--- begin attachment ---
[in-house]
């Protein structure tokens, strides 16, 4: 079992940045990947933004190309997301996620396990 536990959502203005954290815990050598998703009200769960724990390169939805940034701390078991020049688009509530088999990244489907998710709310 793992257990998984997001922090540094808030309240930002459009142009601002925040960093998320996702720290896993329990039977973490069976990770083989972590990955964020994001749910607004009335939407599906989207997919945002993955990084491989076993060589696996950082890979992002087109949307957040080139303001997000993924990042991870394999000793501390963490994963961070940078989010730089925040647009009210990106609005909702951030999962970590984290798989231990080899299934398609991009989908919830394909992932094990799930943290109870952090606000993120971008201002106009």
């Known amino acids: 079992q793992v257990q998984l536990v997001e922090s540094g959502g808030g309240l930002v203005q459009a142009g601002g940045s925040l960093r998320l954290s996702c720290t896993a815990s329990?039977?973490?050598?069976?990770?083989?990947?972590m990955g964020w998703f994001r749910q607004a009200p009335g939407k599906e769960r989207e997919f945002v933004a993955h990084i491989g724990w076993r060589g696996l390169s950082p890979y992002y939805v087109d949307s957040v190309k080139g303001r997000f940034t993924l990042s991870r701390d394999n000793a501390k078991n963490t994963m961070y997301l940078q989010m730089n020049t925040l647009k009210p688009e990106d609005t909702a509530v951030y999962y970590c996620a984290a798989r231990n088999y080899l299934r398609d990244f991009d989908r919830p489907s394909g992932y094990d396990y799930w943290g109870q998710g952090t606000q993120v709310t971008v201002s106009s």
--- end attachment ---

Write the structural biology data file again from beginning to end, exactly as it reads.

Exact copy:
[in-house]
């Protein structure tokens, strides 16, 4: 079992940045990947933004190309997301996620396990 536990959502203005954290815990050598998703009200769960724990390169939805940034701390078991020049688009509530088999990244489907998710709310 793992257990998984997001922090540094808030309240930002459009142009601002925040960093998320996702720290896993329990039977973490069976990770083989972590990955964020994001749910607004009335939407599906989207997919945002993955990084491989076993060589696996950082890979992002087109949307957040080139303001997000993924990042991870394999000793501390963490994963961070940078989010730089925040647009009210990106609005909702951030999962970590984290798989231990080899299934398609991009989908919830394909992932094990799930943290109870952090606000993120971008201002106009």
């Known amino acids: 079992q793992v257990q998984l536990v997001e922090s540094g959502g808030g309240l930002v203005q459009a142009g601002g940045s925040l960093r998320l954290s996702c720290t896993a815990s329990?039977?973490?050598?069976?990770?083989?990947?972590m990955g964020w998703f994001r749910q607004a009200p009335g939407k599906e769960r989207e997919f945002v933004a993955h990084i491989g724990w076993r060589g696996l390169s950082p890979y992002y939805v087109d949307s957040v190309k080139g303001r997000f940034t993924l990042s991870r701390d394999n000793a501390k078991n963490t994963m961070y997301l940078q989010m730089n020049t925040l647009k009210p688009e990106d609005t909702a509530v951030y999962y970590c996620a984290a798989r231990n088999y080899l299934r398609d990244f991009d989908r919830p489907s394909g992932y094990d396990y799930w943290g109870q998710g952090t606000q993120v709310t971008v201002s106009s």